March 26, 2013 at 4:35 pm

A Feather in the Redcap for First Military Police Apprentices

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First_Military_Police_ApprenticesThe British Army sees the first five Non Commissioned Officers (NCO) successfully pass the new Skills for Justice developed Apprenticeship with flying colours.

The British Army announced that the first wave of apprentices has successfully passed a brand new scheme which complements the training they undertake to become NCOs in the Royal Military Police (RMP).

RMP personnel are deployed wherever the Army is based and, because the Army reflects society, they are expected to deliver the full range of policing functions at home and abroad, often in dangerous operational environments where the civilian police are unable to operate. RMP personnel therefore have to be trained as soldiers and police personnel, and it is vital that their training meets nationally approved standards. The RMP apprenticeship scheme builds on the top rate training that the RMP receive through their early career and reflects the Army’s commitment to Continuous

Professional Development, which ultimately prepares them for transition into civilian employment. The Apprenticeship programme is delivered by Babcock International Group at Southwick Park.

The Advanced Apprenticeship (Level 3) route to becoming an NCO started in April 2011, as a result of a collaboration between the Ministry of Defence (MOD) and Skills for Justice. The scheme is now used for all RMP recruits, estimated at 135 per annum. As their careers develop, RMP personnel return to the Defence College of Policing and Guarding (DCPG) to carry out further professional development courses and selected RMP will also attend specialist courses at civilian police centres of excellence.

Within the RMP, the role of an NCO is critical. The granting of immediate rank at the end of their training distinguishes RMP personnel from most other recruits in the Army and it recognises the immediate responsibility placed upon them. RMP NCOs have a crucial role providing in police support to the Army, as well a range of specific military tasks (for example, taking a lead role in operational detention).

Qualifying as an RMP NCO is no easy feat. A five month intensive training programme in the Defence College of Policing and Guarding is then followed by a minimum 12 months ‘on the job’ training. These two key elements are integrated with two nationally recognised qualifications; the Diploma in Policing and a specialised Certificate in Knowledge of Defence Policing, which provides a deeper understanding of the NCO’s role within the military.

Both of these qualifications are based on the Policing National Occupational Standards (NOS) suite developed by Skills for Justice, which provides employers in a variety of sectors with clear nationally recognised standards to ensure a person is fully competent within their role.* Linking the Apprenticeship with NOS gives participants additional functional skills which are transferable and valued by employers outside the forces.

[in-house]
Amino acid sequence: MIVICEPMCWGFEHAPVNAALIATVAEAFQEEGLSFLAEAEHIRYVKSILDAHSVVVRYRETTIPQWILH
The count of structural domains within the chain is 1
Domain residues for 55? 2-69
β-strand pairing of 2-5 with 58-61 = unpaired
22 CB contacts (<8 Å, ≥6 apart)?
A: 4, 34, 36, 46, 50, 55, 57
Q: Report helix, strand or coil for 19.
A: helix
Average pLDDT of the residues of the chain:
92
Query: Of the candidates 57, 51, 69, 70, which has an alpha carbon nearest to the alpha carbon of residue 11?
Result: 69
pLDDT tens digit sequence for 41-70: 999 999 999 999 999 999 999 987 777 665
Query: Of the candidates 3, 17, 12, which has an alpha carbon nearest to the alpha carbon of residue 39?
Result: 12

Colonel Andy King, the Assistant Director for Educational and Training Services (Operations) for the Army will be attending the ceremony on Thursday 21st February, where all those who have completed the RMP Apprenticeship will be presented their certificates. He is immensely proud that the Army has created this ground breaking Police Apprenticeship, the first of its kind in the UK; this is part of the UK’s Largest Employer Apprenticeship Scheme, which sees around 12,000 soldiers a year achieve certification across 43 Programmes.

Andrew Costello, Technical Specialist for Skills for Justice and Project Manager of the NCO Apprenticeship said “Skills for Justice has been developing leading edge Apprenticeships for a number of years in areas such as Fire, Courts & Tribunals and Custodial Care and we are delighted that the new RMP NCO scheme is starting to generate great results. This route offers many added benefits to the already rigorous training that NCOs complete and the fact that the qualifications are based on NOS means the military police are consistently meeting the standards required to develop the very best skills in their workforce.”

LCpl Kevin Byron, currently serving with 150 Provost Company, 3rd Regiment RMP said “The training I completed at DCPG gave me confidence that I could carry out my duties effectively as a Military Police Officer. The fact that I have gained a nationally recognised qualification through the RMP Apprenticeship is an added bonus.”

Colonel Ian Prosser OBE, Commandant of DCPG said “The Police National Curriculum was introduced to ensure that all those joining the police were at a common level before they started work. The RMP apprenticeship allows our NCOs to demonstrate their core competencies within policing to a nationally recognised standard and as a consequence our people are as well qualified as their civilian counterparts, able to exercise their powers as Service Policemen and women effectively.”

Kelvin Roberts, Babcock’s Operations Manager for the MoD, said: “This graduation marks a milestone in a programme that is set to have a significant impact on policing careers. The commitment of the Apprentices, who have worked diligently towards their qualifications both here in Hampshire and whilst on overseas postings, has been outstanding. I have no doubt that every one of them can look forward to a very successful career, built upon this foundation.”

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